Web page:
Electrostatic properties of membranes containing acidic lipids and adsorbed basic peptides: theory and experiment.
(65/2206)The interaction of heptalysine with vesicles formed from mixtures of the acidic lipid phosphatidylserine (PS) and the zwitterionic lipid phosphatidylcholine (PC) was examined experimentally and theoretically. Three types of experiments showed that smeared charge theories (e.g., Gouy-Chapman-Stern) underestimate the membrane association when the peptide concentration is high. First, the zeta potential of PC/PS vesicles in 100 mM KCl solution increased more rapidly with heptalysine concentration (14.5 mV per decade) than predicted by a smeared charge theory (6.0 mV per decade). Second, changing the net surface charge density of vesicles by the same amount in two distinct ways produced dramatically different effects: the molar partition coefficient decreased 1000-fold when the mole percentage of PS was decreased from 17% to 4%, but decreased only 10-fold when the peptide concentration was increased to 1 microM. Third, high concentrations of basic peptides reversed the charge on PS and PC/PS vesicles. Calculations based on finite difference solutions to the Poisson-Boltzmann equation applied to atomic models of heptalysine and PC/PS membranes provide a molecular explanation for the observations: a peptide adsorbing to the membrane in the presence of other surface-adsorbed peptides senses a local potential more negative than the average potential. The biological implications of these "discreteness-of-charge" effects are discussed. (+info)
Oral administration of soybean lecithin transphosphatidylated phosphatidylserine (SB-tPS) reduces ischemic damage in the gerbil hippocampus.
(66/2206)Mongolian gerbils orally administered with soybean lecithin transphosphatidylated phosphatidylserine (SB-tPS, 240 mg/kg) for 5 days were subjected to cerebral ischemia by bilateral common carotid artery occlusion. The pyramidal cell damage of the hippocampal CA1 subfield was classified into 4 grades according to the proportion of damaged neurons on the tenth day after the ischemic treatment. The damage score of the SB-tPS group was statistically less than that of the control group. This suggests that the pre-administration of SB-tPS may relieve the delayed neuronal cell death caused by cerebral ischemia. (+info)
Cocaine induces apoptosis in fetal myocardial cells through a mitochondria-dependent pathway.
(67/2206)In the present study, we examined the direct cytotoxic effects of cocaine on fetal cardiac myocytes. Cocaine treatment of cultured fetal rat (21 days) myocardial cells (FRMCs) induced a time- and concentration-dependent increase in apoptotic cells in FRMCs. Cocaine induced surface exposure of phosphatidylserine in FRMCs at 12-h treatment and increased apoptotic cells up to 96 h. Corresponding DNA fragmentation induced by cocaine in these cells was demonstrated in situ by terminal deoxynucleotidyl transferase biotin-dUTP nick end labeling assay and by electrophoresis of labeled DNA fragments, showing the characteristic apoptotic ladders. The pD(2) and maximum increase of cocaine-induced apoptosis in FRMCs were 4.3 and 3.2-fold, respectively. Both caspase-9 and caspase-3 inhibitors (Z-LEHD-FMK and Ac-DEVD-CHO, respectively) blocked cocaine-induced apoptosis. In addition, cyclosporin A inhibited cocaine-induced apoptosis in a concentration-dependent manner with an IC(50) value of 0.1 microM. The maximum of 86% inhibition was obtained with 3 microM cyclosporin A. Cocaine induced the release of cytochrome c from the mitochondria and increased its levels in the cytosol by 3.1-fold. In accordance, the level of cytochrome c in the mitochondria fraction decreased by approximately 60%. Cocaine-induced translocation of cytochrome c was inhibited by cyclosporin A. The results indicate that cocaine has a direct cytotoxic effect on fetal cardiomyocytes by inducing apoptosis in the cells. Furthermore, the release of cytochrome c from the mitochondria and its subsequent activation of caspase-9 and caspase-3 play a key role in cocaine-induced apoptosis. (+info)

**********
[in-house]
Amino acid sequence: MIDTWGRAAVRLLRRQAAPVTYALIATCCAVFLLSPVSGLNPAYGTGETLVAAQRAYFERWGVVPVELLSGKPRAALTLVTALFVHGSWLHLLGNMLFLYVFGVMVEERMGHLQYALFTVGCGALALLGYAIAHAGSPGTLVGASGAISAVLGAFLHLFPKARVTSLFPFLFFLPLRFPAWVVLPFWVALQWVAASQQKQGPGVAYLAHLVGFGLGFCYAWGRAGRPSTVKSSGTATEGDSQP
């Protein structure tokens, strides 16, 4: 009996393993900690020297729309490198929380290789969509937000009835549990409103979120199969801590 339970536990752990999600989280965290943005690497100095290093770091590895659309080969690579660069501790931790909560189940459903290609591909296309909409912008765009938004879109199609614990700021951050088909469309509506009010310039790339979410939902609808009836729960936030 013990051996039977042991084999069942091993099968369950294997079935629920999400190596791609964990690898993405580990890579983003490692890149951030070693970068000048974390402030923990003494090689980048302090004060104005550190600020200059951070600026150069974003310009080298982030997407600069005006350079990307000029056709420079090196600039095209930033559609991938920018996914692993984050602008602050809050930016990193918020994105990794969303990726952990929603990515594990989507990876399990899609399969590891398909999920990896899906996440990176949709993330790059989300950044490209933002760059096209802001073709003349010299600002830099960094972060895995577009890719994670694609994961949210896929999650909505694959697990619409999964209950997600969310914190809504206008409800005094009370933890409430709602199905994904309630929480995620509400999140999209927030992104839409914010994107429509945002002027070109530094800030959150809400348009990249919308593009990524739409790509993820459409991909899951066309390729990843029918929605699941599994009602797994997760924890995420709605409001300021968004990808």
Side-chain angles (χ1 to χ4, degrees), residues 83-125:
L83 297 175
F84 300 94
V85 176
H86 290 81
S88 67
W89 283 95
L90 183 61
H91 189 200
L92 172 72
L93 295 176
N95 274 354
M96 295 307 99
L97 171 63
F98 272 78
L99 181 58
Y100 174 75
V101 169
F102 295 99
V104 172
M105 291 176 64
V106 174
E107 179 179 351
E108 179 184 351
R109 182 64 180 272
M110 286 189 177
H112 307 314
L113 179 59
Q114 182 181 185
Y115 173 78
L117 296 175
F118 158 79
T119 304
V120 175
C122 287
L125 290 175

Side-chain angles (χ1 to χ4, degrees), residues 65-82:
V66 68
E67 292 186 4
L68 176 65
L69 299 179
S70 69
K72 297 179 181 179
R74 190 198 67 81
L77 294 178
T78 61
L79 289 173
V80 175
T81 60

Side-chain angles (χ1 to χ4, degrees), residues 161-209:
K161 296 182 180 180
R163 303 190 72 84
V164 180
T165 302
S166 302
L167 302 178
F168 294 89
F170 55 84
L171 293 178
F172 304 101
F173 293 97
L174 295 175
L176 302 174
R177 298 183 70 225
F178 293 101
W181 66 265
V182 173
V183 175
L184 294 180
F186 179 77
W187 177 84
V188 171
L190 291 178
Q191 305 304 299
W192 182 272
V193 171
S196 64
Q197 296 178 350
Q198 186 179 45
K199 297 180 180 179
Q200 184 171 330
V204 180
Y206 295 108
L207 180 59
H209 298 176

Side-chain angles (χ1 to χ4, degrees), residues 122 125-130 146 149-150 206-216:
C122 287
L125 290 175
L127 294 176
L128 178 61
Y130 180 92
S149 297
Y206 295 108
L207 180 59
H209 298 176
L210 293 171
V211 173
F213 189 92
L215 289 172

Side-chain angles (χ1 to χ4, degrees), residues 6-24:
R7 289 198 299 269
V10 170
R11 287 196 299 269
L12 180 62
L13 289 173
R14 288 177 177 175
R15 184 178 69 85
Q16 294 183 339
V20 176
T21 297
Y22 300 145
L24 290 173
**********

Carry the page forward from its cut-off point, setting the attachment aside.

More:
One of the origins of plasma membrane phosphatidylserine in plant cells is a local synthesis by a serine exchange activity.
(68/2206)In plant cells, as in animal cells, the endoplasmic reticulum (ER) is considered to be the major site of phospholipid synthesis, and it has been shown that phosphatidylserine (PS) reaches the plasma membrane via the vesicular ER-Golgi-plasma membrane pathway in leek cells. However, it has never been determined whether the plasma membrane of leek cells is able to synthesize PS. We have analyzed the distribution of PS synthesizing enzymes along the vesicular pathway. In ER, Golgi and plasma membrane fractions isolated from leek cells, we have measured the activity of the two biosynthetic pathways leading to the synthesis of PS, i.e. serine exchange and CTP cytidylyltransferase plus PS synthase. We have found a high serine exchange activity in the plasma membrane fraction, and then determined that this membrane is able to synthesize both long chain fatty acid- and very long chain fatty acid-containing PS. Therefore, the PS in the plasma membrane of leek cells has two different origins: the intracellular vesicular pathway from the ER and a local synthesis in the plasma membrane. (+info)
Theory of lipid polymorphism: application to phosphatidylethanolamine and phosphatidylserine.